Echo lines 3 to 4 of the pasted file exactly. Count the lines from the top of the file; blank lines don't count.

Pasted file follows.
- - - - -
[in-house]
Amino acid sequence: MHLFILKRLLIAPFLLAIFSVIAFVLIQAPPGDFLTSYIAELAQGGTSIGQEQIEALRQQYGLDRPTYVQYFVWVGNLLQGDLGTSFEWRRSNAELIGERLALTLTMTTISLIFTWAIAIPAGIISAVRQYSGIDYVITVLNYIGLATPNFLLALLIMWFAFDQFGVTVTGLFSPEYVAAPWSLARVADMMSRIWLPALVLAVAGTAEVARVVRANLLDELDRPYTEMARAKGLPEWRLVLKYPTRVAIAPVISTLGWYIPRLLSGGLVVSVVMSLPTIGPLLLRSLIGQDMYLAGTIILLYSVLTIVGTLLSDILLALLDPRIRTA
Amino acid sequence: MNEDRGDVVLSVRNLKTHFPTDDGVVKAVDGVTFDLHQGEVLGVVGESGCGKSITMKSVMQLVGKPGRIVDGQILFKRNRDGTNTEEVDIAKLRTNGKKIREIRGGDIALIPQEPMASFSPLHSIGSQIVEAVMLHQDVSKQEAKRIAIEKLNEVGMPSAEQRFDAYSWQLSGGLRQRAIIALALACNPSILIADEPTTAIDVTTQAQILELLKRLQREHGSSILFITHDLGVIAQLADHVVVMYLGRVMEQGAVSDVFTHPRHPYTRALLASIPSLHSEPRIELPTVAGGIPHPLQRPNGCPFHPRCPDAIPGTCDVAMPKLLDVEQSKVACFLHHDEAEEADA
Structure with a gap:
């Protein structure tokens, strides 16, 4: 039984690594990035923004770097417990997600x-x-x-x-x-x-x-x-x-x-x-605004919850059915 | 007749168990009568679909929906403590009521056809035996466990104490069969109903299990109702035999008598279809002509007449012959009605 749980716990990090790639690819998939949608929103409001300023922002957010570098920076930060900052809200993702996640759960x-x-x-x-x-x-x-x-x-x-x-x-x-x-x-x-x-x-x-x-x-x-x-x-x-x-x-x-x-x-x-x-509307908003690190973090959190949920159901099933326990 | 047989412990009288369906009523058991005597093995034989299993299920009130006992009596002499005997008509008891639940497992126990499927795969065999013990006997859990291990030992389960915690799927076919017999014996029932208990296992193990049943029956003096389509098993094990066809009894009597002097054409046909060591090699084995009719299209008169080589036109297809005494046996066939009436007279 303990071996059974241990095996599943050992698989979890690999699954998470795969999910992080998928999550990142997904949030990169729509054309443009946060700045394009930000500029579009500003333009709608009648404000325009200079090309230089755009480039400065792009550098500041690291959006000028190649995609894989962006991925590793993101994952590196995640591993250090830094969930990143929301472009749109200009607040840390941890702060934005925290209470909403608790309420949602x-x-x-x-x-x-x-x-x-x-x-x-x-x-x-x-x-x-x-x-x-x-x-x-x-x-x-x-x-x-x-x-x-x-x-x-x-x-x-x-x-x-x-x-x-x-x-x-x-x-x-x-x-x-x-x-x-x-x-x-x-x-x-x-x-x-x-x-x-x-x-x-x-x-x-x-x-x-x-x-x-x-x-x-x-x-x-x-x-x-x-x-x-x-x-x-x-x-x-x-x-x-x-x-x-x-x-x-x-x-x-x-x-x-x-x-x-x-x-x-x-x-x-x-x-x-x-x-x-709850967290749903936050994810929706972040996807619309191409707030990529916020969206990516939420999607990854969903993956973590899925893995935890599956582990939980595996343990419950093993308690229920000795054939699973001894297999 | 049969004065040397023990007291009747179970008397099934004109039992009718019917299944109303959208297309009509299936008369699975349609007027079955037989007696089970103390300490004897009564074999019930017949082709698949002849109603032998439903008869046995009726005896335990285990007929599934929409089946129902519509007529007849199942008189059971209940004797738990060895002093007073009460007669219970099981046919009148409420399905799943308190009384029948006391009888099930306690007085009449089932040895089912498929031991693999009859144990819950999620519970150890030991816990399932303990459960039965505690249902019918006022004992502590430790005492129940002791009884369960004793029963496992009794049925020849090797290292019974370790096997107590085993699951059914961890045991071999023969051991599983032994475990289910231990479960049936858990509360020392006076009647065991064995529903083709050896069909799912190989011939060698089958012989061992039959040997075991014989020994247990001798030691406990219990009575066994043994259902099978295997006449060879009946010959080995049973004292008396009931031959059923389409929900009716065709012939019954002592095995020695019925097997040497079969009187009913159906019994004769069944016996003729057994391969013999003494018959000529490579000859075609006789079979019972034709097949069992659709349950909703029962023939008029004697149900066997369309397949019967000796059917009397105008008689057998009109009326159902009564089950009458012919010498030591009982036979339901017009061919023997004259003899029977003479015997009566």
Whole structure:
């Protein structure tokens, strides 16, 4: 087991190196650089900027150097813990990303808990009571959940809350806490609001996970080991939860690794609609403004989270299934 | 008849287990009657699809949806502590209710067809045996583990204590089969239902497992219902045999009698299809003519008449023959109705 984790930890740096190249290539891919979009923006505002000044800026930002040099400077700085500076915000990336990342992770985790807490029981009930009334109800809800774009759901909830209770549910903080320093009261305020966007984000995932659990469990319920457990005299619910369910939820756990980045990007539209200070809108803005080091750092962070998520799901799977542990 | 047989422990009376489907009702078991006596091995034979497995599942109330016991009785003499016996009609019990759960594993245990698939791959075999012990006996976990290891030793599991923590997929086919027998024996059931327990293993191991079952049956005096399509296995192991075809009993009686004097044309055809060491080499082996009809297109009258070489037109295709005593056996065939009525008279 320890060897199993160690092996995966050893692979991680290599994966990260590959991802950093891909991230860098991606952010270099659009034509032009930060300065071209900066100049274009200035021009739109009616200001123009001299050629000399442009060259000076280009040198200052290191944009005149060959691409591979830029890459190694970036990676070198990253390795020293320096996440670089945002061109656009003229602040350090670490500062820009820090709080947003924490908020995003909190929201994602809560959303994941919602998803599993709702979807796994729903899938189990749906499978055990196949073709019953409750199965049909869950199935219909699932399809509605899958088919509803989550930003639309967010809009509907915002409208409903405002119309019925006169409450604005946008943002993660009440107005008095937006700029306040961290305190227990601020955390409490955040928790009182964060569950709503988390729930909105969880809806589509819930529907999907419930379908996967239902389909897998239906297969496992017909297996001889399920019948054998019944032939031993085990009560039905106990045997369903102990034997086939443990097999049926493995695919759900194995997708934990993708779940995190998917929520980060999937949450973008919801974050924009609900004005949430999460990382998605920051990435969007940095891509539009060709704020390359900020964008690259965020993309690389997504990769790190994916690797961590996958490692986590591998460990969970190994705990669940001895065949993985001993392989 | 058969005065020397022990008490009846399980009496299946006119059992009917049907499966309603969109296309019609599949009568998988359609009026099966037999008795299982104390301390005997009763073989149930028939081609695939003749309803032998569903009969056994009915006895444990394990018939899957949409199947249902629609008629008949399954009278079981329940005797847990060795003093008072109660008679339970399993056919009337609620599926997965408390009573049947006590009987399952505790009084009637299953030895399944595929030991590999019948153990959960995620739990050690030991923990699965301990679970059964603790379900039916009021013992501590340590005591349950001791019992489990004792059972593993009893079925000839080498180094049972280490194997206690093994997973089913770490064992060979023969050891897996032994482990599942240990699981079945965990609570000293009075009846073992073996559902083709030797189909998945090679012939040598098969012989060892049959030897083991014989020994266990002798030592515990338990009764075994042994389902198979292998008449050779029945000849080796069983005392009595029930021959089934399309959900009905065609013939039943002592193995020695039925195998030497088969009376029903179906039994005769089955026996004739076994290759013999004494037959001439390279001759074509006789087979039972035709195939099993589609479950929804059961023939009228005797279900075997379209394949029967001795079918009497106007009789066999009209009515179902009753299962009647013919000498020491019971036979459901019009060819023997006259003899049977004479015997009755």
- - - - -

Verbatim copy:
Amino acid sequence: MNEDRGDVVLSVRNLKTHFPTDDGVVKAVDGVTFDLHQGEVLGVVGESGCGKSITMKSVMQLVGKPGRIVDGQILFKRNRDGTNTEEVDIAKLRTNGKKIREIRGGDIALIPQEPMASFSPLHSIGSQIVEAVMLHQDVSKQEAKRIAIEKLNEVGMPSAEQRFDAYSWQLSGGLRQRAIIALALACNPSILIADEPTTAIDVTTQAQILELLKRLQREHGSSILFITHDLGVIAQLADHVVVMYLGRVMEQGAVSDVFTHPRHPYTRALLASIPSLHSEPRIELPTVAGGIPHPLQRPNGCPFHPRCPDAIPGTCDVAMPKLLDVEQSKVACFLHHDEAEEADA
Structure with a gap: